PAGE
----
Evolution of an industrial-grade Zr-based bulk metallic glass during multiple laser beam melting

Yang, Z. and Wang, H. and Krauß, S. and Huber, F. and Merle, B. and Schmidt, M. and Markl, M. and Körner, C.

Volume: 589 Pages:
DOI: 10.1016/j.jnoncrysol.2022.121649
Published: 2022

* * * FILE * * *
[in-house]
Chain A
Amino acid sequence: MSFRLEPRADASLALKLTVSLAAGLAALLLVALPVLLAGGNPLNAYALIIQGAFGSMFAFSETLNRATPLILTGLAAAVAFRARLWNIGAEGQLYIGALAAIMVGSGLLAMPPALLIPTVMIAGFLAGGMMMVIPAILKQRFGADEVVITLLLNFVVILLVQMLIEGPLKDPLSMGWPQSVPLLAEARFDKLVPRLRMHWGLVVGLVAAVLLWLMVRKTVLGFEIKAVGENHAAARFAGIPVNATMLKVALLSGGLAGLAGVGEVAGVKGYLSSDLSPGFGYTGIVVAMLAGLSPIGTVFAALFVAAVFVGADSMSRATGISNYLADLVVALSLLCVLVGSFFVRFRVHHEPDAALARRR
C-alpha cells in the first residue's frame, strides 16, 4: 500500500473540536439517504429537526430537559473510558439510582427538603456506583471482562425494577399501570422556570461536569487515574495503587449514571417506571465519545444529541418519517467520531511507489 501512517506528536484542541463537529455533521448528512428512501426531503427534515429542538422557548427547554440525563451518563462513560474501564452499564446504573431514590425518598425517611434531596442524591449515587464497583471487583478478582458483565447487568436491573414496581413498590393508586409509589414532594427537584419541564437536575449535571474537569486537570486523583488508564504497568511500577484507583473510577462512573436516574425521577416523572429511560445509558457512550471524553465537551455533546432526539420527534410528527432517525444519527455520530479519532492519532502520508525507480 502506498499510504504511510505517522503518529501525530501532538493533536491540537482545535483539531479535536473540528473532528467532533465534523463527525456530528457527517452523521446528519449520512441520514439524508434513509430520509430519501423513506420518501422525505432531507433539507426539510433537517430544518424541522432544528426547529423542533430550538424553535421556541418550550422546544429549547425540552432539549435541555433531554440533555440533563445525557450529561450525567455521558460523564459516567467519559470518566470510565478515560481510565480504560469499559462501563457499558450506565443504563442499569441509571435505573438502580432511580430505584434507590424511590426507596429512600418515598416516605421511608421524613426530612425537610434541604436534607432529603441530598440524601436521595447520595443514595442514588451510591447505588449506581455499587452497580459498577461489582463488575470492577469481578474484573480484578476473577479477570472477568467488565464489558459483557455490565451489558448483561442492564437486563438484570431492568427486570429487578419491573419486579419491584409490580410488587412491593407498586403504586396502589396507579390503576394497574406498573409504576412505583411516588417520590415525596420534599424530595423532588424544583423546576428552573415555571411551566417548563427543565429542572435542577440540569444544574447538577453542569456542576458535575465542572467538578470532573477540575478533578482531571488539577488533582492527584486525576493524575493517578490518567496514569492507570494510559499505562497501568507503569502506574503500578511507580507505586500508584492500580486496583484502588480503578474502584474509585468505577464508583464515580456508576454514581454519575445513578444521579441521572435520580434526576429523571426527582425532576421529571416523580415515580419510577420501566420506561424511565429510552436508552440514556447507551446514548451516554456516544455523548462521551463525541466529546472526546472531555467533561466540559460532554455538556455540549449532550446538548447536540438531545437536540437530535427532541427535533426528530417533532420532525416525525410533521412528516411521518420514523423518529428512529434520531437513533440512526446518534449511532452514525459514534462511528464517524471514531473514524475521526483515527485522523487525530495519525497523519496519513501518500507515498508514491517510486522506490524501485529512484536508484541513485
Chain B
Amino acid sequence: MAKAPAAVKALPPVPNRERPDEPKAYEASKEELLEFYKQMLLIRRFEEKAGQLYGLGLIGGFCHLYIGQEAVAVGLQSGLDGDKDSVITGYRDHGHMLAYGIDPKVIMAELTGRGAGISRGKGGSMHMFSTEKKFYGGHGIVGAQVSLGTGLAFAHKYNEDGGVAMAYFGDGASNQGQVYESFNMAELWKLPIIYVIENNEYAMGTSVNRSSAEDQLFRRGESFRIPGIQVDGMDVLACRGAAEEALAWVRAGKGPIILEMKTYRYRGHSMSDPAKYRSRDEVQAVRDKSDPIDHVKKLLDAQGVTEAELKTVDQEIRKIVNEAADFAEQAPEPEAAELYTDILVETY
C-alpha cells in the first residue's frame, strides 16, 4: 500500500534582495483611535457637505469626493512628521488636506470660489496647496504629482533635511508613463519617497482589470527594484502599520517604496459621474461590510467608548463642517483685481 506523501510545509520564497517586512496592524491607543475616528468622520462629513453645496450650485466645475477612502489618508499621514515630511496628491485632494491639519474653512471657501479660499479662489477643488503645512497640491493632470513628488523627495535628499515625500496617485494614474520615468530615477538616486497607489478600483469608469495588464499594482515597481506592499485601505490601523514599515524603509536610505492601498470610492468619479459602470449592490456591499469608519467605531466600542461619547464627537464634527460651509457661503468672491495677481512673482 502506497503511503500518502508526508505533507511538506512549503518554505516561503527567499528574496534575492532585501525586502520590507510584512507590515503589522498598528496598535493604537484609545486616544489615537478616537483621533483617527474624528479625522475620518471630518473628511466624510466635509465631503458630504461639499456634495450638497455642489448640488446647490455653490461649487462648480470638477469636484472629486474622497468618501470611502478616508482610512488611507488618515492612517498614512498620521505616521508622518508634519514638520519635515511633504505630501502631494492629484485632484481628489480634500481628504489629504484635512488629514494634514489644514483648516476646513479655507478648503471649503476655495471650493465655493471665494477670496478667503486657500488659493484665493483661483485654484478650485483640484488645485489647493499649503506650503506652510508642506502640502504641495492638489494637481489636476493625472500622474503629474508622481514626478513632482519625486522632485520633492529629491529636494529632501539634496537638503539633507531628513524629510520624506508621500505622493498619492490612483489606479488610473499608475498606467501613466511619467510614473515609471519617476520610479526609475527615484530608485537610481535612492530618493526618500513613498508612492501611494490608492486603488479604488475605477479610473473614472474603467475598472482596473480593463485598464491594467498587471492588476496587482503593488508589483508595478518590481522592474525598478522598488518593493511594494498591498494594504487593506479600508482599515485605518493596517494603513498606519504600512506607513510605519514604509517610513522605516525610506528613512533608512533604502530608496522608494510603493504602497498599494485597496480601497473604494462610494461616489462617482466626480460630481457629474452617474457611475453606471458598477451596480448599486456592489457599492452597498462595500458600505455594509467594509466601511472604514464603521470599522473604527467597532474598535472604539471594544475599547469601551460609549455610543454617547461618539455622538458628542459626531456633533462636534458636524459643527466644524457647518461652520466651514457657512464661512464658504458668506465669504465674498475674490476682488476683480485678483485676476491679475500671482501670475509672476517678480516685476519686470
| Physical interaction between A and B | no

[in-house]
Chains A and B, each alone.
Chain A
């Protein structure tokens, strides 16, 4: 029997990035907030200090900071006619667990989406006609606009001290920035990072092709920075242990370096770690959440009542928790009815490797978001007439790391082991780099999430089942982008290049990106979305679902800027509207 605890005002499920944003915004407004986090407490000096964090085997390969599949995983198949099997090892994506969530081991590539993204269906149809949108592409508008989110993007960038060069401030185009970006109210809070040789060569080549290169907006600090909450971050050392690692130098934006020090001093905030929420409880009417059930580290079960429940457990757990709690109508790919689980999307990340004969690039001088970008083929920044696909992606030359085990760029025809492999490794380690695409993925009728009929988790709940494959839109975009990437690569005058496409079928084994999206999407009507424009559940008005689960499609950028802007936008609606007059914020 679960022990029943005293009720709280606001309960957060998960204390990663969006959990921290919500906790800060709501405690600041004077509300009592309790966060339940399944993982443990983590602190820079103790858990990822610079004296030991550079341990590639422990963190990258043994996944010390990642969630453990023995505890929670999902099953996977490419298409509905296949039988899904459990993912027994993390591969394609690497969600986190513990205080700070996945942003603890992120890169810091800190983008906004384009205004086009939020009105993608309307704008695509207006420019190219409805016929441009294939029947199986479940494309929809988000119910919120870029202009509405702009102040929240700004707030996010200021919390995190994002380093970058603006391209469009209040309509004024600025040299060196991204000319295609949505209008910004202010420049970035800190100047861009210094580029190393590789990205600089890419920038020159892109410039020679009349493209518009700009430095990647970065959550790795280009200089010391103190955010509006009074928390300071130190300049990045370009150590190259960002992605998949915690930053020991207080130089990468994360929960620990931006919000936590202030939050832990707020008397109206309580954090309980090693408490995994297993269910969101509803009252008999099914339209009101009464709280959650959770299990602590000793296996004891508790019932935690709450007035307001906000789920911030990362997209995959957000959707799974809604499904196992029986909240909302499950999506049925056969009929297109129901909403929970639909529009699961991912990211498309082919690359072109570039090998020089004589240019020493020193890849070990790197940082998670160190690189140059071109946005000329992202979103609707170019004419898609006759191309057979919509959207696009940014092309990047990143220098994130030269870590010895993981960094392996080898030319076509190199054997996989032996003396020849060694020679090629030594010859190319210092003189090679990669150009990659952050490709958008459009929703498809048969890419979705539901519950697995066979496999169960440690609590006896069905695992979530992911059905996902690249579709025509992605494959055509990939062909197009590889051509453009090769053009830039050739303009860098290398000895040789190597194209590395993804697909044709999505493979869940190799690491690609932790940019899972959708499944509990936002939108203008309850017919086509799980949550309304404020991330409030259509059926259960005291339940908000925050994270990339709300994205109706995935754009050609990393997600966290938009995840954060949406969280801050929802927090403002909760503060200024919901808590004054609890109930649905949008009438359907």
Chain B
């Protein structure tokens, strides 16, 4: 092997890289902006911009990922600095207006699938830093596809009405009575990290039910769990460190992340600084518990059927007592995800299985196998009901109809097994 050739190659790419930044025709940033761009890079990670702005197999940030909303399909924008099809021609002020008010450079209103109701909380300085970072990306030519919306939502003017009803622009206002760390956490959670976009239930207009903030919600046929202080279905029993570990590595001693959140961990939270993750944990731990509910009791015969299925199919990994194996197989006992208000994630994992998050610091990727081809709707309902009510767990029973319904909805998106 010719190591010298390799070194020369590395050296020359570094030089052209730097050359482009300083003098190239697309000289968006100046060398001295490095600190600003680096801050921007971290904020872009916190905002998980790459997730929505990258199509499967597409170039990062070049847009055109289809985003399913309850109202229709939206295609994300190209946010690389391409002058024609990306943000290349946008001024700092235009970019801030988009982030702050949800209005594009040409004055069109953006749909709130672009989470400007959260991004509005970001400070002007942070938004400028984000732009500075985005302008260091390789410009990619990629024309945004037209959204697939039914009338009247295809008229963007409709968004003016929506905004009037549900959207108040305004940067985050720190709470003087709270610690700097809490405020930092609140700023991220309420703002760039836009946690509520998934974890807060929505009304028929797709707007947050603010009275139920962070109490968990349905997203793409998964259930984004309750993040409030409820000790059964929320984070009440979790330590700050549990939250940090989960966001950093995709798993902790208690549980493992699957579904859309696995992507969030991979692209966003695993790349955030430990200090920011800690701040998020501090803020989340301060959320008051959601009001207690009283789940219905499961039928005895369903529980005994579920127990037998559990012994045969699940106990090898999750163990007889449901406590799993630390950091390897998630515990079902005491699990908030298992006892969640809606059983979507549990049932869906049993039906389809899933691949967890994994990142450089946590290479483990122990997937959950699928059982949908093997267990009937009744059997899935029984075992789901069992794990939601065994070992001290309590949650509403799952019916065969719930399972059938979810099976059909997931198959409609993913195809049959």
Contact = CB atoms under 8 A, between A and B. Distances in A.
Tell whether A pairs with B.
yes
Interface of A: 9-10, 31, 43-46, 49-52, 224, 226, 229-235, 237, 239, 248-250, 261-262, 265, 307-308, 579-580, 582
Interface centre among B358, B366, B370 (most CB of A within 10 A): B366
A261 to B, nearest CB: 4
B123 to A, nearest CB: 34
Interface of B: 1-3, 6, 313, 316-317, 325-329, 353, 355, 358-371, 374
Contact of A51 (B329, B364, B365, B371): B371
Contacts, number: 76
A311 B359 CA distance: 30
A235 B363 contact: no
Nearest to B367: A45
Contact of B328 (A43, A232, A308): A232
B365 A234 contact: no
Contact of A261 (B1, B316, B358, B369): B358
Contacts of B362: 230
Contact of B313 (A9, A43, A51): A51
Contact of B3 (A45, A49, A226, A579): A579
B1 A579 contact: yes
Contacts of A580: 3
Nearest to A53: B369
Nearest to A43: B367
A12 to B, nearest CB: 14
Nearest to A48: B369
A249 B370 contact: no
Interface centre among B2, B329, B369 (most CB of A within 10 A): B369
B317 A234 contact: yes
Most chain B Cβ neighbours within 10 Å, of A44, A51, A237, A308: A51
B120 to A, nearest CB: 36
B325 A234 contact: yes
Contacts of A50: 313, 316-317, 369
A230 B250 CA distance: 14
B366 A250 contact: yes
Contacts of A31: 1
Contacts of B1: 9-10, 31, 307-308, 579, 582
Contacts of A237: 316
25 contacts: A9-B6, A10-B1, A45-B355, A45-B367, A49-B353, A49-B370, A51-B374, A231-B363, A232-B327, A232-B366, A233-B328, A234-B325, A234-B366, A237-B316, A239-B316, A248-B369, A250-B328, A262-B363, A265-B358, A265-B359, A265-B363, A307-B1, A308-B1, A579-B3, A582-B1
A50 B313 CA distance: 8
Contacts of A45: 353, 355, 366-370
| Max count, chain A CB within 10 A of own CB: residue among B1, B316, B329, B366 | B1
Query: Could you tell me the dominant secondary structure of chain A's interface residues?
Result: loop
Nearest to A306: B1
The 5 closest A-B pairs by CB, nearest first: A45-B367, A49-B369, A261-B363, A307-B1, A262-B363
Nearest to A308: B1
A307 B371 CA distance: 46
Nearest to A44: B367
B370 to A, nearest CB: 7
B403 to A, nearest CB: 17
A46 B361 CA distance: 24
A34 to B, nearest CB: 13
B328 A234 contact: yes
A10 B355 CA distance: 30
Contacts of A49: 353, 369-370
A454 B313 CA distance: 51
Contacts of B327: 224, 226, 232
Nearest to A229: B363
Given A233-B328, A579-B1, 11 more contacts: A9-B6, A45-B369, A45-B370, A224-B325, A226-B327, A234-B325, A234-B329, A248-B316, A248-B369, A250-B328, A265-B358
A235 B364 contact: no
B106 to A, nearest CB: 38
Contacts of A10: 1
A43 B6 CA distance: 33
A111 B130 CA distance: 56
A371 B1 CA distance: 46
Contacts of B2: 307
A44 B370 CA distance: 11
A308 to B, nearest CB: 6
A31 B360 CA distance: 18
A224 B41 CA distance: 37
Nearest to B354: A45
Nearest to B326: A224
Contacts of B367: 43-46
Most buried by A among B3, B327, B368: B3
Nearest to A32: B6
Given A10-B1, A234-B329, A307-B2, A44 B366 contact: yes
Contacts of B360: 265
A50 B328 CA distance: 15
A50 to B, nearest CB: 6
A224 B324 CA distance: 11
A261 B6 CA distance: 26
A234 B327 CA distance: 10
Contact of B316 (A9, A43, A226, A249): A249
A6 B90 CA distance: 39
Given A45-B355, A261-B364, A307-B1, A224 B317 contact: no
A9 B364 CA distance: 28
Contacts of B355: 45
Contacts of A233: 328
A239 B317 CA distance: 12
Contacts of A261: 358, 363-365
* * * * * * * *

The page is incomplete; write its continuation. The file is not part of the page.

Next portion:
Selective laser melting (SLM), taking advantage of its inherent rapid cooling rates and near-net-shape forming ability, has been employed to fabricate bulk metallic glasses (BMGs). However, crystallization is frequently triggered during the SLM process, which results in the loss of advantageous properties of BMGs, such as extremely high hardness and near-theoretical yield strength. Although many studies have been conducted to investigate SLM of BMGs, there is still a lack of knowledge about the microstructural and compositional evolution during the laser beam processing, particularly the micromechanical property response upon crystallization. In the present work, a systematic investigation is performed to gain a much better understanding about the evolution of microstructure and composition as well as the corresponding micromechanical property change during multiple laser beam melting. The material used in this study is an industrial-grade Zr-based BMG Zr59.3Cu28.8Al10.4Nb1.5 (AMZ4) with two different oxygen levels. AMZ4 demonstrates its good thermal stability by the fact that observable crystalline structure appears around the melt pool only after more than once laser beam treatment. The compositional stability of AMZ4 is manifested by the homogeneous elemental distribution on the melt pool area after even twenty-five laser beam remelting. The laser-metal interaction, melting and subsequent solidification are not effectively influenced by the emerging and expanding of crystallization zone (or heat affected zone, HAZ). Higher oxygen content results in not only a larger HAZ but also more quenched-in nuclei at the melt pool bottom. The HAZ does not exhibit a fully crystallized structure, but rather has a mixture of amorphous and crystalline phases. Crystallization of AMZ4 leads to an increase in hardness and Young's modulus of the material. © 2022 Elsevier B.V.

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